It's 1:10 a.m. Sunday, and we've been waiting in the lobby of the Loews L'Enfant Plaza Hotel for more than an hour. We're pretty sure the hotel staffers think we're hookers. (At least we don't look like tourists.) Just before we're about to slink out, Rock Newman bursts in, dispensing kisses and ready to roll.
We skipped Mike Tyson's fight but had a midnight date with Newman for the after-parties. The boxing match was just a warm-up; the test of a real champ is to muscle your way into the VIP spots and sip Cristal with Diddy. If anybody can get us in, Newman can. He's a walking AmEx black card.
Boxing promoter, entrepreneur, political insider. Knows everybody. Goes everywhere. He was in D.C. this past week as adviser and spokesman for Tyson's promoters.
So, we're riding with Rock. We assumed there'd be a white stretch limo, but no. Rock is rolling in a new $165,000 emerald green Bentley GT (much like the one Ben Affleck bought Jennifer Lopez), which Euro Motorcars lent him for the week in hopes he'd fall in love. The car itself is like a celebrity: showing off and breaking rules. "It's awesome," Newman tells us. "It's been stopping the show all week." We've been in it 10 minutes, and we're already feeling like we deserve to park any [expletive] place we want.
P. Diddy aka Puff Daddy aka Sean Combs is rumored to be at Dream, but we're going to H2O on the waterfront because Tyson is expected to show up. No one knows when, but we pull up to a scene straight out of a 50 Cent video : police lights flashing, helicopter overhead, a crowd of at least 1,000 held behind barriers, and cops breaking up street fights and diverting traffic. Newman sticks his head out of the window, and one officer -- recognizing Rock instantly -- waves the Bentley, along with his three other vehicles, through the roadblock.
The fire marshal has already shut down access to the club when Newman steps up with his entourage of 10. A few words are exchanged, and suddenly we all climb under the police tape and make a beeline for the entrance. Rock never gets mad, never pulls rank, just good-naturedly assumes everyone will give him what he wants. And they do. "Face time," he explains.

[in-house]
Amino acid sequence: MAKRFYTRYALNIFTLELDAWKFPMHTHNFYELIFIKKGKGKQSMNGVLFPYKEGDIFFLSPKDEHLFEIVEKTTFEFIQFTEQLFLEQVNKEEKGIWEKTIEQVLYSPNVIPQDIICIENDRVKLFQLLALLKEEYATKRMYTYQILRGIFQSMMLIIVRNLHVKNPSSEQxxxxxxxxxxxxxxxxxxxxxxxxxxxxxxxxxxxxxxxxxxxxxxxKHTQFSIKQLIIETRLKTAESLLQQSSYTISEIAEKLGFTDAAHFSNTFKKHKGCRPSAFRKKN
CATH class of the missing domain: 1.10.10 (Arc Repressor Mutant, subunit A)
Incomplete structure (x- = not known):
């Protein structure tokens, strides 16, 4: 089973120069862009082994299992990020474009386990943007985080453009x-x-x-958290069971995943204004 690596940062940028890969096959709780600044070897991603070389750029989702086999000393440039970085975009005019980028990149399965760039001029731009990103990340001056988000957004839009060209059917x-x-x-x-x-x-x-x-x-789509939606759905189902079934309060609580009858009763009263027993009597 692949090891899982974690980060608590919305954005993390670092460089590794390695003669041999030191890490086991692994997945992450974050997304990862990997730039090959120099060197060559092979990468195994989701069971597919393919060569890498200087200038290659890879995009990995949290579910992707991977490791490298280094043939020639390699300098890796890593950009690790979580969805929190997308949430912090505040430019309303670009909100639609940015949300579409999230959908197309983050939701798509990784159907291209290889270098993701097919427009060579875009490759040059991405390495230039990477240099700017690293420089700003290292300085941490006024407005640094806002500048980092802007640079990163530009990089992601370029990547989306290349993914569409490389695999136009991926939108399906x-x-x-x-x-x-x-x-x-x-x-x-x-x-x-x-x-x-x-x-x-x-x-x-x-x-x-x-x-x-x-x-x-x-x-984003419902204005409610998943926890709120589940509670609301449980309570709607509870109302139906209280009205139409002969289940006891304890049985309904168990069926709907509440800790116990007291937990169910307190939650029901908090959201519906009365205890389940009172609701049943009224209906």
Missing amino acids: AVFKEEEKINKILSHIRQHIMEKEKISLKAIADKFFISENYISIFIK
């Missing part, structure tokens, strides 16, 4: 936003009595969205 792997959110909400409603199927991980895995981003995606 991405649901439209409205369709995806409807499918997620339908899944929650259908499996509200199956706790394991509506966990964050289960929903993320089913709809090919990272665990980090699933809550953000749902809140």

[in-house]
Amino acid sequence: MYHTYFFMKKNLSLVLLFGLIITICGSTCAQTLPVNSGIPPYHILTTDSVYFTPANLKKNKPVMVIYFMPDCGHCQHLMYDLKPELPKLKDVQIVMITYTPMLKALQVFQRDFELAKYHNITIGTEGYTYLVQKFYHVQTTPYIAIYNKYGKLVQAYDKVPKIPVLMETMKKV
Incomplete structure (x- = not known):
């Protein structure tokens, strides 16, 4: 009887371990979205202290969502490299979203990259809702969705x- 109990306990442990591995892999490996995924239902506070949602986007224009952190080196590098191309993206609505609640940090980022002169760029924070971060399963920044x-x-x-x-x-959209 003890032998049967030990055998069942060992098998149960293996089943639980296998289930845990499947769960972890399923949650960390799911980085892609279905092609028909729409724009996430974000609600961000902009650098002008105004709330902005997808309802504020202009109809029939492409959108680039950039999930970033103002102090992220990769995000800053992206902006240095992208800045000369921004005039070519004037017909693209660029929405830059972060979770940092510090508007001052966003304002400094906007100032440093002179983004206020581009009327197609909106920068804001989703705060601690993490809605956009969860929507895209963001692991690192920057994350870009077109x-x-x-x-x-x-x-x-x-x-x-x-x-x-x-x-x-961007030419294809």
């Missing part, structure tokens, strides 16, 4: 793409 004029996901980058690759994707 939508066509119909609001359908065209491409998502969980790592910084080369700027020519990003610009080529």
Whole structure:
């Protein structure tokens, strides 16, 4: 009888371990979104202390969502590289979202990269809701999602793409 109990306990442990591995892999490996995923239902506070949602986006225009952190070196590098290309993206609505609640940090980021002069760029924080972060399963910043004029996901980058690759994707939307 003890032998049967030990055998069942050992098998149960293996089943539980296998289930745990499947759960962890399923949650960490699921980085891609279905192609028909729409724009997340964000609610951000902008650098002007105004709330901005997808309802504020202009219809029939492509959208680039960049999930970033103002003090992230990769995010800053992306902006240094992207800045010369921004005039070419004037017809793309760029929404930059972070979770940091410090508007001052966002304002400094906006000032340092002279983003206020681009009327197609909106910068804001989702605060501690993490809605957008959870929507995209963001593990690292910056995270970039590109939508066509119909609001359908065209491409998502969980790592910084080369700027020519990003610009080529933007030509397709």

A couple hundred people hover near the door, all trying to be someone or see someone. "Rock!" shouts one. "Rock!" calls another. The crowd parts for him. He has a beard, he's wearing a white tunic and pants -- he's starting to look like Moses with a cell phone.
It takes four security guards to deliver us to the back room, where about 400 VIPs are packed in, booty to booty. We spot Wizards star Gilbert Arenas behind eight bottles of Cristal chilling in a huge bowl in front of a private banquette.
Rock introduces us to "the most famous pimp in the country," Archbishop Don "Magic" Juan. "I'm here in support of Mike Tyson," the Archbishop says. "He's a personal friend."
He's wearing a giant gold and diamond "Magic" ring on his right hand and a gold "Juan" on the left, accessories for a gold suit and hat covered with images from the Sistine Chapel. "God told me in 1985 to give up prostitutes," says the Archbishop, who lives in Beverly Hills. "Now I'm Snoop Dogg's spiritual adviser."
It's hot and crowded and almost 2:30 a.m., so we bag hope of seeing Tyson and head out. The crowd outside has grown and is restless. "Happy bedlam," grins Rock. Suddenly, a large woman in a pink dress grabs our arm.